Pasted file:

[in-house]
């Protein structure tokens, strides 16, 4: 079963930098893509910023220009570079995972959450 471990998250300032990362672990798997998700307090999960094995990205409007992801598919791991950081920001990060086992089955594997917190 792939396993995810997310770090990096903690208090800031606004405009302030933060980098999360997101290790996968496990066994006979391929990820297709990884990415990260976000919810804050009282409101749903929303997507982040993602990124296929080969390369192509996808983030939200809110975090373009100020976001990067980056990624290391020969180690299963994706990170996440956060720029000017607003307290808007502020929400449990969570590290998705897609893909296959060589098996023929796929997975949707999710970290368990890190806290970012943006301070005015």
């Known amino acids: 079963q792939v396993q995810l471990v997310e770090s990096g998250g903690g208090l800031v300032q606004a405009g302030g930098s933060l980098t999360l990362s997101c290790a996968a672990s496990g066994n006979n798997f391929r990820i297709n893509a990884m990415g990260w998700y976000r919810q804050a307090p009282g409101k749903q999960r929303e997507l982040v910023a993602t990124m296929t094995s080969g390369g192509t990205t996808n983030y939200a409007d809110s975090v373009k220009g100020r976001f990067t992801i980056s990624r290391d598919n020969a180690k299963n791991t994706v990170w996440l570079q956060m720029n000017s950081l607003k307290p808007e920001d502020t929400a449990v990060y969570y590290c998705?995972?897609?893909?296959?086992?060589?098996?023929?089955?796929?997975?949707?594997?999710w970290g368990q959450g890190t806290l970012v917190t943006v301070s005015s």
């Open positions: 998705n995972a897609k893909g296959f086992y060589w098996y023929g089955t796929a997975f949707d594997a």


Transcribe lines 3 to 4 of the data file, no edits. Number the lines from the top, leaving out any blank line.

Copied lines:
């Known amino acids: 079963q792939v396993q995810l471990v997310e770090s990096g998250g903690g208090l800031v300032q606004a405009g302030g930098s933060l980098t999360l990362s997101c290790a996968a672990s496990g066994n006979n798997f391929r990820i297709n893509a990884m990415g990260w998700y976000r919810q804050a307090p009282g409101k749903q999960r929303e997507l982040v910023a993602t990124m296929t094995s080969g390369g192509t990205t996808n983030y939200a409007d809110s975090v373009k220009g100020r976001f990067t992801i980056s990624r290391d598919n020969a180690k299963n791991t994706v990170w996440l570079q956060m720029n000017s950081l607003k307290p808007e920001d502020t929400a449990v990060y969570y590290c998705?995972?897609?893909?296959?086992?060589?098996?023929?089955?796929?997975?949707?594997?999710w970290g368990q959450g890190t806290l970012v917190t943006v301070s005015s």
């Open positions: 998705n995972a897609k893909g296959f086992y060589w098996y023929g089955t796929a997975f949707d594997a």